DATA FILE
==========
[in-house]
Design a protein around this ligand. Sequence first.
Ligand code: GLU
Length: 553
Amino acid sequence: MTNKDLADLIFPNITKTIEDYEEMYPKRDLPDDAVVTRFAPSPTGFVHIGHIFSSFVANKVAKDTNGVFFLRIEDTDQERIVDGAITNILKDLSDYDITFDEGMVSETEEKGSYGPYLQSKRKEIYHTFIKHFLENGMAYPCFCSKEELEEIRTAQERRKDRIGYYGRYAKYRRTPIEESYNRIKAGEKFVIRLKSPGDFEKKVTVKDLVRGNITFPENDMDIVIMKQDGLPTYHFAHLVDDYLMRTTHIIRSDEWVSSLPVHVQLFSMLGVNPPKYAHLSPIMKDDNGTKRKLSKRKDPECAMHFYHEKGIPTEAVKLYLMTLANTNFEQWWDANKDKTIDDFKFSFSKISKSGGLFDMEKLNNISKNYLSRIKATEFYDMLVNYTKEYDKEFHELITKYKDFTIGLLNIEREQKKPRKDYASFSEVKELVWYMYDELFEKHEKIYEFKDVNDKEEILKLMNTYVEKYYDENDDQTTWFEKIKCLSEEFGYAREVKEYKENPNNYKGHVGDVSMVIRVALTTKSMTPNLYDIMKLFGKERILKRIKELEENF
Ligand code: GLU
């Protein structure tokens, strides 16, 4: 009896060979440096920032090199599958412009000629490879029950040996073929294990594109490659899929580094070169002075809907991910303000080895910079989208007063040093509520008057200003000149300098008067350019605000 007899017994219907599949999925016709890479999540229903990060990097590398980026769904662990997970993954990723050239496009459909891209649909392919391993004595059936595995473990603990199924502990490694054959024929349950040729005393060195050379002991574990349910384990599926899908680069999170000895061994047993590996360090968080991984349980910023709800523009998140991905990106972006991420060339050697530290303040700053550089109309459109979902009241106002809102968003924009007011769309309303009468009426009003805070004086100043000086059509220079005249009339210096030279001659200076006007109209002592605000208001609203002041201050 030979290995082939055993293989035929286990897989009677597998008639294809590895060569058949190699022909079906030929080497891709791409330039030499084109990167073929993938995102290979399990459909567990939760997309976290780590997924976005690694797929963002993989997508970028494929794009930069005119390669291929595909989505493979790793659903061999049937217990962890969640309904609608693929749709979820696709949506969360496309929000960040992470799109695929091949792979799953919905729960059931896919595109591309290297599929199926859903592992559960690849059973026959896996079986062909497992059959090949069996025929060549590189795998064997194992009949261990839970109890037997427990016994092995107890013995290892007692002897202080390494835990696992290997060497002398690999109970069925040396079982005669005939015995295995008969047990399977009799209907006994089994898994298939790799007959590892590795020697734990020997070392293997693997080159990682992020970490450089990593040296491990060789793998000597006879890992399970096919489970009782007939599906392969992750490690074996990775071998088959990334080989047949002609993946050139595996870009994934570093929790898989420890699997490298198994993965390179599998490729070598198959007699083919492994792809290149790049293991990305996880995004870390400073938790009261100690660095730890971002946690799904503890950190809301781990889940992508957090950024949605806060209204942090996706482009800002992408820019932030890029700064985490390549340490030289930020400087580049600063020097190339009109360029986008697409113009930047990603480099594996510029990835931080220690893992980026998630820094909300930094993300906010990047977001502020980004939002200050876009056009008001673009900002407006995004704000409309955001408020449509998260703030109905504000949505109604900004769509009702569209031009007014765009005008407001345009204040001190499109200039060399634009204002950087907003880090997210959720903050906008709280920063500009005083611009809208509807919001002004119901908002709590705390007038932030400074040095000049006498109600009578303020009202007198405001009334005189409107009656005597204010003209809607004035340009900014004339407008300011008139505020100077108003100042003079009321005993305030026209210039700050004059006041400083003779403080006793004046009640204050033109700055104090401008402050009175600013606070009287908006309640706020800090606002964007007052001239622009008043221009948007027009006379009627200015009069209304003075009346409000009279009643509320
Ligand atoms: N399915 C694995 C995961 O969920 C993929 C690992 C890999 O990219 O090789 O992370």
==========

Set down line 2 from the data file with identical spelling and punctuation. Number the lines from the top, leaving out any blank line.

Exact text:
Design a protein around this ligand. Sequence first.